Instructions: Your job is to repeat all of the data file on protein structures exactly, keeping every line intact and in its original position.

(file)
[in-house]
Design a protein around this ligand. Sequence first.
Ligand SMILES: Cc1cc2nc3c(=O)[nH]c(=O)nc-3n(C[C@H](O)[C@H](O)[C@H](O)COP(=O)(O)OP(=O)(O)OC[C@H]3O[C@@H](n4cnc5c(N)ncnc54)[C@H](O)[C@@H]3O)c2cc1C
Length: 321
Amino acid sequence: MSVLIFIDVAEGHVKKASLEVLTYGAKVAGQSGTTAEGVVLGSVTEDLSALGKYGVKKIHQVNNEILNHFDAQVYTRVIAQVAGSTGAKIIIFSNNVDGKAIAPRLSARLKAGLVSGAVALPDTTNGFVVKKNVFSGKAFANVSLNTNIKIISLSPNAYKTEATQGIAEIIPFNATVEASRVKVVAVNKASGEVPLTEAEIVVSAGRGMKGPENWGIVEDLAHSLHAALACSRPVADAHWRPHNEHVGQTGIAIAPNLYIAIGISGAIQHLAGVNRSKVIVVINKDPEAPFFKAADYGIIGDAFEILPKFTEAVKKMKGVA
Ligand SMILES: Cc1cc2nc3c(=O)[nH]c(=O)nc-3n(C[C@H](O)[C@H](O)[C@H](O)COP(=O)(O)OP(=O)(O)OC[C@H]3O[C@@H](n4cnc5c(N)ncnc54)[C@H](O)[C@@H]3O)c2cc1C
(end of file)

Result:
[in-house]
Design a protein around this ligand. Sequence first.
Ligand SMILES: Cc1cc2nc3c(=O)[nH]c(=O)nc-3n(C[C@H](O)[C@H](O)[C@H](O)COP(=O)(O)OP(=O)(O)OC[C@H]3O[C@@H](n4cnc5c(N)ncnc54)[C@H](O)[C@@H]3O)c2cc1C
Length: 321
Amino acid sequence: MSVLIFIDVAEGHVKKASLEVLTYGAKVAGQSGTTAEGVVLGSVTEDLSALGKYGVKKIHQVNNEILNHFDAQVYTRVIAQVAGSTGAKIIIFSNNVDGKAIAPRLSARLKAGLVSGAVALPDTTNGFVVKKNVFSGKAFANVSLNTNIKIISLSPNAYKTEATQGIAEIIPFNATVEASRVKVVAVNKASGEVPLTEAEIVVSAGRGMKGPENWGIVEDLAHSLHAALACSRPVADAHWRPHNEHVGQTGIAIAPNLYIAIGISGAIQHLAGVNRSKVIVVINKDPEAPFFKAADYGIIGDAFEILPKFTEAVKKMKGVA
Ligand SMILES: Cc1cc2nc3c(=O)[nH]c(=O)nc-3n(C[C@H](O)[C@H](O)[C@H](O)COP(=O)(O)OP(=O)(O)OC[C@H]3O[C@@H](n4cnc5c(N)ncnc54)[C@H](O)[C@@H]3O)c2cc1C